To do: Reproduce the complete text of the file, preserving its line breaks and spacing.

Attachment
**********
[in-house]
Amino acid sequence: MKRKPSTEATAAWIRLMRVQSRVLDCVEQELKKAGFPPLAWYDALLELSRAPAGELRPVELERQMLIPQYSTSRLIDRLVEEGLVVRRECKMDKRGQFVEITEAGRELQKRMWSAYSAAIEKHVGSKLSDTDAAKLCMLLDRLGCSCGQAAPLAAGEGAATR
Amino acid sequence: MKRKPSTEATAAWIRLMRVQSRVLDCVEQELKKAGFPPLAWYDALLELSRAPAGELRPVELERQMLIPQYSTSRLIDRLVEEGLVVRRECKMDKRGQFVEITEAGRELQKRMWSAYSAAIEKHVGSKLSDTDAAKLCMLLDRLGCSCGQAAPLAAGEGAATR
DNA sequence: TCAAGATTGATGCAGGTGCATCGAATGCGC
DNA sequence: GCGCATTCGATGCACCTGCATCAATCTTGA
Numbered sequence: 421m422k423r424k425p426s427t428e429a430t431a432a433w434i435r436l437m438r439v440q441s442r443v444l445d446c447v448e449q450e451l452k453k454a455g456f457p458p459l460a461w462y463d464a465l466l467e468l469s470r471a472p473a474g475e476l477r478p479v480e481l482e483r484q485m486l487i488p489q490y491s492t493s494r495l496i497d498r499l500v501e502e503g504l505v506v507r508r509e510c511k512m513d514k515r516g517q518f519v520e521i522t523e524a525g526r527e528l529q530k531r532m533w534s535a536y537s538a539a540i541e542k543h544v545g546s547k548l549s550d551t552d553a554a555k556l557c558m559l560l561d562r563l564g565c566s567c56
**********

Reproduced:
[in-house]
Amino acid sequence: MKRKPSTEATAAWIRLMRVQSRVLDCVEQELKKAGFPPLAWYDALLELSRAPAGELRPVELERQMLIPQYSTSRLIDRLVEEGLVVRRECKMDKRGQFVEITEAGRELQKRMWSAYSAAIEKHVGSKLSDTDAAKLCMLLDRLGCSCGQAAPLAAGEGAATR
Amino acid sequence: MKRKPSTEATAAWIRLMRVQSRVLDCVEQELKKAGFPPLAWYDALLELSRAPAGELRPVELERQMLIPQYSTSRLIDRLVEEGLVVRRECKMDKRGQFVEITEAGRELQKRMWSAYSAAIEKHVGSKLSDTDAAKLCMLLDRLGCSCGQAAPLAAGEGAATR
DNA sequence: TCAAGATTGATGCAGGTGCATCGAATGCGC
DNA sequence: GCGCATTCGATGCACCTGCATCAATCTTGA
Numbered sequence: 421m422k423r424k425p426s427t428e429a430t431a432a433w434i435r436l437m438r439v440q441s442r443v444l445d446c447v448e449q450e451l452k453k454a455g456f457p458p459l460a461w462y463d464a465l466l467e468l469s470r471a472p473a474g475e476l477r478p479v480e481l482e483r484q485m486l487i488p489q490y491s492t493s494r495l496i497d498r499l500v501e502e503g504l505v506v507r508r509e510c511k512m513d514k515r516g517q518f519v520e521i522t523e524a525g526r527e528l529q530k531r532m533w534s535a536y537s538a539a540i541e542k543h544v545g546s547k548l549s550d551t552d553a554a555k556l557c558m559l560l561d562r563l564g565c566s567c56